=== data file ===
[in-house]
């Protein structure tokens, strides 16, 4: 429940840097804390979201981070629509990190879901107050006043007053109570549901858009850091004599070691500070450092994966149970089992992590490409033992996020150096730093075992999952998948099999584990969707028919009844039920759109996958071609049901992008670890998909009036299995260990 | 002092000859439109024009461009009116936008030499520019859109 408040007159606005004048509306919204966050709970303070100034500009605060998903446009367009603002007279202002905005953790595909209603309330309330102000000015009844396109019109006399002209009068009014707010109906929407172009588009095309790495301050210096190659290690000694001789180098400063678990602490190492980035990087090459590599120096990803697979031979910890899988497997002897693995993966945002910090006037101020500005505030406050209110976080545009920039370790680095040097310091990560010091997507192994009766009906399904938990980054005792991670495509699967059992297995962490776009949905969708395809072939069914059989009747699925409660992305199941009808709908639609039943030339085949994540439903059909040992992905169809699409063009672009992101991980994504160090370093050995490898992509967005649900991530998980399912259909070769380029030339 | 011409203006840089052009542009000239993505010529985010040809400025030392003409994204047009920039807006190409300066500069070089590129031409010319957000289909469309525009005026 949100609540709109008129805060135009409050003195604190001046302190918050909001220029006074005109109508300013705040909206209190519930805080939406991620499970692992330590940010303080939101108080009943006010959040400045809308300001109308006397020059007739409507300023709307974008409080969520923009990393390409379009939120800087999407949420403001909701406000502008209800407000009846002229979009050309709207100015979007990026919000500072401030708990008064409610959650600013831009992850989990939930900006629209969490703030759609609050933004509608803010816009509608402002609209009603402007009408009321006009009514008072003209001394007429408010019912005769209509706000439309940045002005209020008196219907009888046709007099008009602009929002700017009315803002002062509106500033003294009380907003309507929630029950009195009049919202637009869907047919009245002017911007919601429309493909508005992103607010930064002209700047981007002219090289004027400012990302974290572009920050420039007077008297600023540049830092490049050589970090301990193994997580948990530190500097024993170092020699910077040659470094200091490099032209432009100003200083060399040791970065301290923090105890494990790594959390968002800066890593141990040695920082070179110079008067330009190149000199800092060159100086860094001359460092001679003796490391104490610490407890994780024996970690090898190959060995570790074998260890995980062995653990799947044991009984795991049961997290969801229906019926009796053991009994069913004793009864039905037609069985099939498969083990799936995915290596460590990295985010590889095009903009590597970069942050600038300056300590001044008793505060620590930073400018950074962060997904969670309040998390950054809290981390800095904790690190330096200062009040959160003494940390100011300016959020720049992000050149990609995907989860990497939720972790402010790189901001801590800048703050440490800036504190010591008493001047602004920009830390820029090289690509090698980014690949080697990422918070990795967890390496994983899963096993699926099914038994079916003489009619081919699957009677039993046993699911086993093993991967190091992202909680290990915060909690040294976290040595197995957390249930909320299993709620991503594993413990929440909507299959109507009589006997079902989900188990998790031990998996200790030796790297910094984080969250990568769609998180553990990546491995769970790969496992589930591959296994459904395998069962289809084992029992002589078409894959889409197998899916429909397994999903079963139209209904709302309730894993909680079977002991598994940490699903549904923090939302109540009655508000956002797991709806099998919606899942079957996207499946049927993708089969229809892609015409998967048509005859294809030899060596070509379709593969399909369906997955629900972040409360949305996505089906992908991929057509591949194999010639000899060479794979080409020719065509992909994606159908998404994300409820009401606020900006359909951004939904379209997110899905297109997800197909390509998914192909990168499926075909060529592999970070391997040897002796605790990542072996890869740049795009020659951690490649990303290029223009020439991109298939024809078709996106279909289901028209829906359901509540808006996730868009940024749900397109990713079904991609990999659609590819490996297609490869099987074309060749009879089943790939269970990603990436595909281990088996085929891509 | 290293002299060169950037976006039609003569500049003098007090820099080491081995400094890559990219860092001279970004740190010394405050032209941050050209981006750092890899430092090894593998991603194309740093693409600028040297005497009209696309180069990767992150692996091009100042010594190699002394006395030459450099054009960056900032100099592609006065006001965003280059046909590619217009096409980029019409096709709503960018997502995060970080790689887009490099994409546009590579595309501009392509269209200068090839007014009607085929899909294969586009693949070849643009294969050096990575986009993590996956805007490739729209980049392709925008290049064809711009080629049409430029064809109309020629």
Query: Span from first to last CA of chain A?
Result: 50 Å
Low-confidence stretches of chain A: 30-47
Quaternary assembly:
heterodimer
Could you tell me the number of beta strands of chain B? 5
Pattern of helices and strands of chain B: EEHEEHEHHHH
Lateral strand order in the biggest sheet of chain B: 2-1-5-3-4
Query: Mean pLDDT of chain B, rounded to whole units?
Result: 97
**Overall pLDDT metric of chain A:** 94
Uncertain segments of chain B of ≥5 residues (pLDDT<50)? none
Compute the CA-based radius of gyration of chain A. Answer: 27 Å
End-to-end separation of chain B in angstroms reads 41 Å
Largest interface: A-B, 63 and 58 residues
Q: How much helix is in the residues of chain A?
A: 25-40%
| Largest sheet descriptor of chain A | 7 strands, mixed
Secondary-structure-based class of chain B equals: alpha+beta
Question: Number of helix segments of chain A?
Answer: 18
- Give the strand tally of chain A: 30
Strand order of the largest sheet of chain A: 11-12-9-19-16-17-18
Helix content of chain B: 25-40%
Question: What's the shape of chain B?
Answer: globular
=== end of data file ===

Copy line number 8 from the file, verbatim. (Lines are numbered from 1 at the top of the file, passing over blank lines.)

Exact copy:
Could you tell me the number of beta strands of chain B? 5